The 16th began brightly and fresher here with pressure on 1015 mb. Visibility was misty and very poor here and fog was widespread in parts of southern Britain. There was a slow-moving warm front over N Irish Sea associated with a low wavy frontal system stretching from the Norwegian Coast 1005 mb to Cap Finisterre 1001 mb. The temperature ranged this morning from 10C in the cooler north-west to 24C in the south-east, here 14.6C at 0900 GMT rising to 18.0C soon after noon when sunny. Thereafter becoming dull with the temperature falling to 14.3C at 2200 GMT [Max 18.0C Min 13.2C Rain 3.1 mm]. A showery morning on the 17th with pressure 1012 mb falling and a generally E'ly wind. There was a thundery Atlantic-low 997 mb just off Iberia with shower troughs moving N into SW England and Wales. Pressure was high 1024 mb S Norway and there was a deep low 968 mb SE Greenland. The temperature reached 19.0C in brief sunshine at 1320 GMT. Showery rain from 1630 GMT turning moderate to heavy by 21 GMT [Max 19.0C Min 13.8C Rain 25.6 mm]. Heavy rainfall in north-west Wales on 17-19 September 2023 (Provisional PWS and MetO SYNOP observations).More showery rain from 04 GMT on the 18th was heavy falling at a rate of up to 24.8 mm/hr at 0510 GMT as pressure fell to 993 mb. Rainfall for the past 24h at 0900 GMT was 25.6 mm. Pressure was on 999 mb with low 978 mb S Iceland having associated cold fronts over western Britain. The WSW'ly breeze strengthened in the afternoon as frequent sunny intervals developed. It was very wet in north-west Wales the last 72h with Capel Curig reporting 122.0 mm and in Llanfairfechan Gorwel Heights 71.8 mm and Gorddinog 65.6 mm, Llansadwrn had 57.8 mm in the same period [Max 16.3C Min 12.7C Rain 21.8 mm] [Capel Curig 39.4 mm, Mona Airfield 17.2 mm, Valley 14.4 mm] After midnight on the 19th the temperature had fallen to 11C at 02 GMT then began to rise as warm moist air remnants of ex-Hurricane Lee encroached bringing moderate to heavy rain (15.6 mm/h by 0413 GMT) and a strong gusty 39 mph WSW'ly wind by 0900 GMT. Rainfall totalled 21.8 mm. Pressure was on 995 mb with low 990 mb near Dublin on a frontal-wave triple point, the warm front over Anglesey. Gale force winds around the coast and high ground gusting 75 mph at Capel Curig, 68 mph at Aberdaron, 58 mph at Mumbles Head, 55 mph at Caernarfon Airport. With pressure falling quickly there was a further spell of rain in the afternoon, there was flash flooding in Wrexham. A sunless day. During the evening the S'ly wind strengthened here gusting 46 mph at 2146 GMT bringing down a large sycamore tree and telephone lines across the road and a smaller one in the wood nearby. Emergency services closed the road [Max 16.8C Min 11.0C Rain 19.4 mm] [Capel Curig 90.4 mm wettest in Europe, Lake Vyrnwy 42.2 mm, Sennybridge 38.8 mm, Bala 33.8 mm]. It was a rough night with the wind easing with the temperature rising to 18.8C at 2300 GMT pressure continued to fall. At 0510 GMT on the 20th the wind picked up again gusting to 39 mph. Moderate to heavy rain (31.8 mm/h) fell at 0628 GMT and with pressure reaching a low 987 mb at 0800 GMT the temperature fell rapidly as a cold front passed over. Tree down closes road to village in  Llansadwrn, Anglesey. At 0900 GMT pressure was steady on 989 mb and the temperature was 14.2C there were showers of rain with glimpses of sunshine and windy at times. The road remained closed all morning causing problems for commuters, the school bus and delivery wagons before a team of contractors arrived and cut it up with chain saws [Max 17.1C Min 14.1C Rain 2.0 mm] [Capel Curig 10.6 mm]. Heavy showers on the morning of the 21st one at 0900 GMT (36 mm/h) soaked the observer at 0917 GMT. Pressure was on 993 mb with deep low 974 mb off N Scotland and frontal-wave 991 off S Ireland. Hurricane Nigel was S of Greenland, tracking across the Atlantic from Nova Scotia, lying W of Azores high 1023 mb. A little sunshine in the afternoon [Max 16.8C Min 8.6C Grass 4.0C Rain 5.6C]. Another showery morning on the 22nd, heavy earlier (30.6 mm/h 0631 GMT), but not as heavy as yesterday when making the observations. Pressure 1001 mb was rising with low 983 mb off N Scotland. There was a detached occlusion charted over the N Irish Sea and ex-H Nigel was <984 mb NW of the Azores bring more warm humid air to our shores. A little sunshine at times in the afternoon when a chiffchaff was singing for a while, probably a more northern bird passing through southwards for the winter [Max 14.5C Min 8.8C Grass 4.4C Rain 1.2 mm]. Pressure 1015 mb was rising in a small ridge of high-pressure on the 23rd, but not for long. By the end of the morning with low 974 mb with some remnants of H Nigel just west of Ireland. With the grass minimum down to 3.2C last night the temperatures in the soil profile are beginning show the autumnal changeover the lowest now higher than the surface 5 cm 12.6C 10 cm 12.8C 20 cm 14.8C 30 cm 15.6C 50 cm 16.2C 100 cm 16.3C. It was a pleasant fine dry day with spells of sunshine before the wind strengthened in the evening with humid air 15C encroaching overnight [Max 15.6C Min 7.5C Grass 3.2C Rain 1.6 mm]. The 24th began dull and misty, poor visibility with intermittent rain heaviest 18 mm/h at 1959 GMT. Pressure 1010 mb was falling with low 959 mb SE Greenland and high-pressure 108 mb Europe and 1022 mb Greenland. A wet and windy day with gusts in Llanfairfechan of 54 mph recorded at Gorwel Heights and 56 mph at Gorddinog [Max 17.3C Min 11.1C Rain 11.4 mm]...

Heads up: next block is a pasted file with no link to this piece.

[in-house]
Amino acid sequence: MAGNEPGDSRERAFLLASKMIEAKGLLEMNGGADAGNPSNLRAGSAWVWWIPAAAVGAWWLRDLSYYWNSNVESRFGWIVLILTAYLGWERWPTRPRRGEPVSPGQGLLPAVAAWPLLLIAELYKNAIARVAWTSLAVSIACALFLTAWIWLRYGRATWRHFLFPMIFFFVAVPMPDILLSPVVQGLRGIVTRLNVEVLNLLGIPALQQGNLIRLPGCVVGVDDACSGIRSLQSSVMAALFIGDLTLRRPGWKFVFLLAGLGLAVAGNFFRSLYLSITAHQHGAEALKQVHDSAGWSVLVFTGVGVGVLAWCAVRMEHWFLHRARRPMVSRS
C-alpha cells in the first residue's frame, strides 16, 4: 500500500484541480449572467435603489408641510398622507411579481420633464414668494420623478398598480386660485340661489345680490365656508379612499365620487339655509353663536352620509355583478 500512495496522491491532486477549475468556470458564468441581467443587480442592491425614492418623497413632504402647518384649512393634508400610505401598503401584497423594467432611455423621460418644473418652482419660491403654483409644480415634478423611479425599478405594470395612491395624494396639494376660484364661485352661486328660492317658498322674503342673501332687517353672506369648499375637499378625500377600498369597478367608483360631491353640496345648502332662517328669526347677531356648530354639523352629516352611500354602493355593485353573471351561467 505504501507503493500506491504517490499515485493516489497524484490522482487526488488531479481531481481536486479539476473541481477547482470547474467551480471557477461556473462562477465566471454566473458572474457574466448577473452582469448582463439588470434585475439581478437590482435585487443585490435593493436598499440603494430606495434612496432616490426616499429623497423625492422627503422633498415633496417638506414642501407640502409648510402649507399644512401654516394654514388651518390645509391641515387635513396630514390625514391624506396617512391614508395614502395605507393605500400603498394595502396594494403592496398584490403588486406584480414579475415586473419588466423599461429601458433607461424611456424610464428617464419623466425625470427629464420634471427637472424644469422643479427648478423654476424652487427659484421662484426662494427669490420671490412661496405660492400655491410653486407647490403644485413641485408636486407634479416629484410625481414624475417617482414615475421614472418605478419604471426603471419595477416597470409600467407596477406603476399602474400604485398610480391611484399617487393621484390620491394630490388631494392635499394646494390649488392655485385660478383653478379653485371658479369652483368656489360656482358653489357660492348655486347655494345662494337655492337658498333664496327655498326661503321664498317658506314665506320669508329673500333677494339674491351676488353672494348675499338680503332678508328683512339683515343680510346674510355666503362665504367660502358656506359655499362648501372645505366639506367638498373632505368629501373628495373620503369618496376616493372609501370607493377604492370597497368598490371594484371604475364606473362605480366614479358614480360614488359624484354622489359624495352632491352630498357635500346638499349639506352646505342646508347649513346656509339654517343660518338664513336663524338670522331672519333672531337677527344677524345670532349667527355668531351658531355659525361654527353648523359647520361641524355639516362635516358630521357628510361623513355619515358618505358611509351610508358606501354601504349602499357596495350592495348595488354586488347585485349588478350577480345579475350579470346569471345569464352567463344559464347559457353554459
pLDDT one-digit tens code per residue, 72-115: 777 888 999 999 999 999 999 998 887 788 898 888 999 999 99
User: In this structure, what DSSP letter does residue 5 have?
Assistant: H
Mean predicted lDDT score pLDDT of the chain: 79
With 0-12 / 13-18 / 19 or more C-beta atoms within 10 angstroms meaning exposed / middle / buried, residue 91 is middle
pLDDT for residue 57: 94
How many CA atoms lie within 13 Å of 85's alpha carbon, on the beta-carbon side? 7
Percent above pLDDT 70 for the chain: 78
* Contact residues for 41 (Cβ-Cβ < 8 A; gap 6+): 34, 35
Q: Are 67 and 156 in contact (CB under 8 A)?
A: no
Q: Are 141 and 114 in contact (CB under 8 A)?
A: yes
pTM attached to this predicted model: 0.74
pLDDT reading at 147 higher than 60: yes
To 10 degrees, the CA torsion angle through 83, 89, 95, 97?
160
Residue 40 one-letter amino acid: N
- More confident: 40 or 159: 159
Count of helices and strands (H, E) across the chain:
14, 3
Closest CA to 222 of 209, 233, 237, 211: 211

The 27th began calm enough with a light SSE'ly breeze, it was dull the sky overcast, but it was dry. Pressure 1010 mb was falling rapidly and the well forecast Atlantic-low named Agnes was expected. MetopB satellite image on 27 Sep 2023 at 1052 GMT  (c) EUMETSAT processed by Bernard Burton.Agnes had been deepening rapidly in the subtropical air and wildfire smoke brought across from the east coast of North America and Canada on a strong jetstream, where in recent days (the 24th) post-tropical cyclone Ophelia had lingered. At one point Agnes at 967 mb undergoing rapid cyclogenisis did look like a small hurricane on charts with winds likely over 100 mph. The MetO had issued yellow warning for much of western and northern Britain with force 9 to storm force 10 forecast in the Irish Sea. At 06 GMT Agnes was 970 mb off S Ireland then filling, 974 mb Shannon at noon before reaching N Ireland 982 mb at 1800 GMT. Lowest pressure here was 993 mb at 1851 GMT. The metopB satellite image (c) EUMETSAT (left) processing courtesy of Bernard Burton shows storm Agnes at 1052 GMT. High winds were already affecting S Ireland in the morning with Sherkin Island reporting gusts of 69 mph. We were sheltered in the lee of the Snowdonia Mountains until late in the afternoon when the wind veered S then SW'ly. Highest gust here was 40 mph at 1910 GMT with Gorwel Heights recording 46 mph at 1710 GMT. Capel Curig reported 84 mph, Aberdaron and Isle of Man 68 mph, Valley 66 mph, Mona Airfield 62 mph and Bodelwyddan 39 mph. Moderate to heavy showery rain at times in the morning, afternoon and evening [Max 18.3C Min 11.9C Grass 8.9C Rain 6.8C]..